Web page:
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If it’s the short wing t85 with 503 then yes. If it’s the t83 with the belt drive robin you might like to consider operating from a 8-900m long strip without trees in the first few miles ;-)

 

 

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That's the trouble with American Very Basic, Low powered aircraft. They all seem to have been developed on the Great Plains where once you clear the trees, there's not much need for more terrain clearance ability. Much the same in Great Britain. With the majority of Australia's population living between the Great Dividing Range and the coast, we need the power to get to 3 -5000' a bit quickly if we want to do anything more than short local flights.

 

 

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Thats a wonderfull concept and aircraft and full marks for his work, the only caviate I would need to adhear to would be a certified tig welding process and a clamp system inplace of through bolts on the landing gear sprung suspension tube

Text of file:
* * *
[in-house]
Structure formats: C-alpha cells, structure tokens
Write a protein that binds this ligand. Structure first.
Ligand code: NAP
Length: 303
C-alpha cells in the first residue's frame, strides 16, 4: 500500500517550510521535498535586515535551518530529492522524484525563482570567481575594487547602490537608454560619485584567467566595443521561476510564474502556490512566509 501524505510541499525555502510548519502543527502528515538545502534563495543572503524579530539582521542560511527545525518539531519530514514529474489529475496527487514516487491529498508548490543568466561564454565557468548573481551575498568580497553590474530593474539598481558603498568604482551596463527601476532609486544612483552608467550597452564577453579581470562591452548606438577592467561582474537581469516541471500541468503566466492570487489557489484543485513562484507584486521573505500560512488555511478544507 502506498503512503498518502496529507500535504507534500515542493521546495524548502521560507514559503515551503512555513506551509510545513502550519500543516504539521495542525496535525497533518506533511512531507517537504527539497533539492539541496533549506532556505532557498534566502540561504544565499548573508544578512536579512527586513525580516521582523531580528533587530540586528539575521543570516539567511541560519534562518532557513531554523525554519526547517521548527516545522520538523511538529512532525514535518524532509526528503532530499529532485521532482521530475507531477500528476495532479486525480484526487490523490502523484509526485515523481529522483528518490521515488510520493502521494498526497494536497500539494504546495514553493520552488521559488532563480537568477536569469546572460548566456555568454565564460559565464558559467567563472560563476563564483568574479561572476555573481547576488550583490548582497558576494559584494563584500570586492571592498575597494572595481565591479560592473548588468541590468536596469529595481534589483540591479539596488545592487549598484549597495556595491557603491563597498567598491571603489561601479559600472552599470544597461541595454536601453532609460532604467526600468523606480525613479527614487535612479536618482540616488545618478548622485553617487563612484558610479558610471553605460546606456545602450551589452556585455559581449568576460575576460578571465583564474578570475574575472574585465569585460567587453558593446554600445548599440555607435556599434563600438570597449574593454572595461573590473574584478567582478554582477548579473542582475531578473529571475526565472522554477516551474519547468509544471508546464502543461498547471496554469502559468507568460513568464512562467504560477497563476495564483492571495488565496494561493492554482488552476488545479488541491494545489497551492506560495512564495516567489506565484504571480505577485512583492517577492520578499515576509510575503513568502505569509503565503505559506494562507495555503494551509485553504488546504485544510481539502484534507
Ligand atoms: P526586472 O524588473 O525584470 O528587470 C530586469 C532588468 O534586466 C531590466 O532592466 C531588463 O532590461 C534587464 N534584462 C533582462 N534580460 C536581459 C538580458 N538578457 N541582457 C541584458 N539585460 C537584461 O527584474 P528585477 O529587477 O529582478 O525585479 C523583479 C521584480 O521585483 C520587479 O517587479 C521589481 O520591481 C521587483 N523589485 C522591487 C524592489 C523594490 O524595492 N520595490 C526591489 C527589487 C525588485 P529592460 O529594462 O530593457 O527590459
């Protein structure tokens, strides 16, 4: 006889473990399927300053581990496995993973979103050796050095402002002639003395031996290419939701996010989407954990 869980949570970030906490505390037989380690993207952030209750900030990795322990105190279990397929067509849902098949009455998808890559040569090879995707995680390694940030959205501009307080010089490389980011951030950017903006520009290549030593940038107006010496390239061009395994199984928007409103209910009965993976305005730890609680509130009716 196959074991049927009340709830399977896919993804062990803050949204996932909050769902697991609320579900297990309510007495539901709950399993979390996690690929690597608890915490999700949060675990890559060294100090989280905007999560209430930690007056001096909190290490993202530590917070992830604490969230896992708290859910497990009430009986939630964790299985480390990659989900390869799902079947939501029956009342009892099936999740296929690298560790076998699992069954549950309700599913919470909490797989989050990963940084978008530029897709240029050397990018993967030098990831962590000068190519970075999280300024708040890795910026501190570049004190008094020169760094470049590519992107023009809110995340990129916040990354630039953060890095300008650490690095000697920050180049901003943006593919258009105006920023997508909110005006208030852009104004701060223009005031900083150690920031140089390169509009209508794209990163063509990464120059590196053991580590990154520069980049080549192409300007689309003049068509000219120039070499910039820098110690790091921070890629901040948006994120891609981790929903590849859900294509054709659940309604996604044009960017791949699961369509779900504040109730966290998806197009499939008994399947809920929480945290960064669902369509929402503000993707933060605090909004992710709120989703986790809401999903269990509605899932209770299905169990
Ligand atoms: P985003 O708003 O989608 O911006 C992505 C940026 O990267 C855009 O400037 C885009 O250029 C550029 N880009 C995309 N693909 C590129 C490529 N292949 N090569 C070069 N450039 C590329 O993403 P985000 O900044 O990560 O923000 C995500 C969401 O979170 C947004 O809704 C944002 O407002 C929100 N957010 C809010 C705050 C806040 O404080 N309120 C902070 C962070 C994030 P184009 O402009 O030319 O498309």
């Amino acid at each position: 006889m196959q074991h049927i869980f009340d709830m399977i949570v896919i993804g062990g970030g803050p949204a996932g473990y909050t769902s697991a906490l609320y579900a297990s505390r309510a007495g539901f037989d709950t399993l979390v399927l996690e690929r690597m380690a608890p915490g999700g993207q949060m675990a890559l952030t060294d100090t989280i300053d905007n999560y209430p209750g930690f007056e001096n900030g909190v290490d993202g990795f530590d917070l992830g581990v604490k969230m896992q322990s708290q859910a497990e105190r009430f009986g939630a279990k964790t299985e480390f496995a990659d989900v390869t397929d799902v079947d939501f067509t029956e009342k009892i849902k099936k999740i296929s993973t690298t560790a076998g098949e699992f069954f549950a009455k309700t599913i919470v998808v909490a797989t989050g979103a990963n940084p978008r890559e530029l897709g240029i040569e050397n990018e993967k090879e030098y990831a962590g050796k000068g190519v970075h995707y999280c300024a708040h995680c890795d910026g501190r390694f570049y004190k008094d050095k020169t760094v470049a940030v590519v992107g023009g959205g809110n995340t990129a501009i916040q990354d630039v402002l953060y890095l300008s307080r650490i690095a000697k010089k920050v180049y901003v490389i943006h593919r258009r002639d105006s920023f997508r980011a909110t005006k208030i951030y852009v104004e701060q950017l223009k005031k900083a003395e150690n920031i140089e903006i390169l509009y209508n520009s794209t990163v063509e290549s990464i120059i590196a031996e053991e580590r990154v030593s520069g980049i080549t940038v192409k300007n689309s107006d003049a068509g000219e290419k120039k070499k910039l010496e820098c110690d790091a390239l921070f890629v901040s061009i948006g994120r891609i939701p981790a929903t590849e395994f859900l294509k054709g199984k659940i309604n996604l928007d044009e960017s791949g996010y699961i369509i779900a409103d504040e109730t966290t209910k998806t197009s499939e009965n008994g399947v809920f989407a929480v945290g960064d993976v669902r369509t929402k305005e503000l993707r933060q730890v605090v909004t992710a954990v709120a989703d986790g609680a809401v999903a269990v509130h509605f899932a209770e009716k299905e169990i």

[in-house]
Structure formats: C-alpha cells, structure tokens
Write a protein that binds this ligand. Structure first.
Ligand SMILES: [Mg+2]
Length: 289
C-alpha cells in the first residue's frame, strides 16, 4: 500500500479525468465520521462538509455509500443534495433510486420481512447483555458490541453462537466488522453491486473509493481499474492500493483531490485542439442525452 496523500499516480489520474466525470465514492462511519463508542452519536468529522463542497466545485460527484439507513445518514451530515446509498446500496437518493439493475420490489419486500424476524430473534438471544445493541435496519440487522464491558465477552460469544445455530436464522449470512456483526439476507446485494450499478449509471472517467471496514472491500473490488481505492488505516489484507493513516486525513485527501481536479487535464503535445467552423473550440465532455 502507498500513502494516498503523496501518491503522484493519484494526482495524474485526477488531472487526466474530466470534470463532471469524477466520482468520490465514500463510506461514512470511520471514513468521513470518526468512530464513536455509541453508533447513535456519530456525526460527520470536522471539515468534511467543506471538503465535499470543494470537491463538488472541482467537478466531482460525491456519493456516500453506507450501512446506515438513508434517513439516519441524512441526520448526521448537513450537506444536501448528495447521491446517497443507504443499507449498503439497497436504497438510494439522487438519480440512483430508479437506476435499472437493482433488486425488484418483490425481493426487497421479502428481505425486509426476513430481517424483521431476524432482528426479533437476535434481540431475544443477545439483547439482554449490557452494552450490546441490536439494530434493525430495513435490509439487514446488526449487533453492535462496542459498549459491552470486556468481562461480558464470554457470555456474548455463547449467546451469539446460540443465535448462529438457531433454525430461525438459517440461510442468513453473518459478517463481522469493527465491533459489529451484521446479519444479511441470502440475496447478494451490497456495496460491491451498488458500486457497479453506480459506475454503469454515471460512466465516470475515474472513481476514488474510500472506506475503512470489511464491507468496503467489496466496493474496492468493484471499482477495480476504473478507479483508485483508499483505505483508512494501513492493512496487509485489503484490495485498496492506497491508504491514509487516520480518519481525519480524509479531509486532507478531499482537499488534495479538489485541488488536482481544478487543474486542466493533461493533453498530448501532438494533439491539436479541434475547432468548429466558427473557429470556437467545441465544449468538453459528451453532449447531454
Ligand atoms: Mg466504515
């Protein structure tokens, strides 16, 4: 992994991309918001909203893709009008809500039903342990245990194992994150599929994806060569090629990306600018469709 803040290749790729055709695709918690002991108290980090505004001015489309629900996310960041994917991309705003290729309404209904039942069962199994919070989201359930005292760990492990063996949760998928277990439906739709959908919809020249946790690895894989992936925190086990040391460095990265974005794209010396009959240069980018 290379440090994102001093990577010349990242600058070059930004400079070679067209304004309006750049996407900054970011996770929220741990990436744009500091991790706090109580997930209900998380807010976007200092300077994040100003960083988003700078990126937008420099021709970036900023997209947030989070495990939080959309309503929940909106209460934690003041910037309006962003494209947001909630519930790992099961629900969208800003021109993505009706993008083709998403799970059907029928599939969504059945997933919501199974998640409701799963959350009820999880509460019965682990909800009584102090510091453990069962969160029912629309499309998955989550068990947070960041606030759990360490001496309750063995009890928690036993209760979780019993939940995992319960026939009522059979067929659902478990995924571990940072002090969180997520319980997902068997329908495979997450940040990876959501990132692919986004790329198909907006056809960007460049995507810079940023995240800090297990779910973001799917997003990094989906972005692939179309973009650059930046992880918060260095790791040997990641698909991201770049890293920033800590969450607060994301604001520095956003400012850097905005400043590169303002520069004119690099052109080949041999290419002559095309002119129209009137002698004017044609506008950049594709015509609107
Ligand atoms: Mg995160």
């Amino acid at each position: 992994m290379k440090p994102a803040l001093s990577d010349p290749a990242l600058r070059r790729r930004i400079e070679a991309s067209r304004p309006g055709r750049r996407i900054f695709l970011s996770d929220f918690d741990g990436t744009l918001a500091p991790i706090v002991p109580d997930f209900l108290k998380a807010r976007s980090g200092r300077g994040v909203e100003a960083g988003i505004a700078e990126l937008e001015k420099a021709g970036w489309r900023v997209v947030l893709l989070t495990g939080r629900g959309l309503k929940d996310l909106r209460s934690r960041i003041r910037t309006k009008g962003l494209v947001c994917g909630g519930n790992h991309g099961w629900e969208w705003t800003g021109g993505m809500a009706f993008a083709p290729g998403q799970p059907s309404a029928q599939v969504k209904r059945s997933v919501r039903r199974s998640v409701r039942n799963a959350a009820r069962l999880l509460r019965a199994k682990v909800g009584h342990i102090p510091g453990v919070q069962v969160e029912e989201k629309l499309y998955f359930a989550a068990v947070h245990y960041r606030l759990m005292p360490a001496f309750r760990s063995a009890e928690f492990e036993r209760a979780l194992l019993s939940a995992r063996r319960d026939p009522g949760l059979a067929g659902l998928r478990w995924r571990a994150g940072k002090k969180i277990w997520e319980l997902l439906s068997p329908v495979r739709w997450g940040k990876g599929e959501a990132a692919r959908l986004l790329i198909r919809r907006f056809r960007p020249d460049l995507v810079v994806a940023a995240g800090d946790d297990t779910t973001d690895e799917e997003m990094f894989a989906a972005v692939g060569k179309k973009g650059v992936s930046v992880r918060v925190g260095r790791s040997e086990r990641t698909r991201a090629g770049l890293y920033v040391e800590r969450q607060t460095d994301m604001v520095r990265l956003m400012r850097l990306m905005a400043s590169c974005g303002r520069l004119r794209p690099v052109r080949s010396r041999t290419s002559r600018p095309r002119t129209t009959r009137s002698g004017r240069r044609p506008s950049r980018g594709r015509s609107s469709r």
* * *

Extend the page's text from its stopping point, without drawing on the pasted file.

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If it’s the short wing t85 with 503 then yes. If it’s the t83 with the belt drive robin you might like to consider operating from a 8-900m long strip without trees in the first few miles ;-)

Well considering i owned and did over 100 hrs in my belt driven T83 with robin ec44pm and operated out of my 200 meter strip its safe to say your not quite right there. !!!! In fact way off mate ;). T 83 with belt drive robin at mtow of 300 kgs climbs all day long at over 500 fpm. the most strip i used was 150 on a stinking hot day. ;). And that was in 2013IMG_4389.PNG.03e91c387b1a8bcebd6c3c9c8180986c.PNG

 

 

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Well considering i owned and did over 100 hrs in my belt driven T83 with robin ec44pm and operated out of my 200 meter strip its safe to say your not quite right there. !!!! In fact way off mate ;). T 83 with belt drive robin at mtow of 300 kgs climbs all day long at over 500 fpm. the most strip i used was 150 on a stinking hot day. ;). And that was in 2013[ATTACH=full]61942[/ATTACH]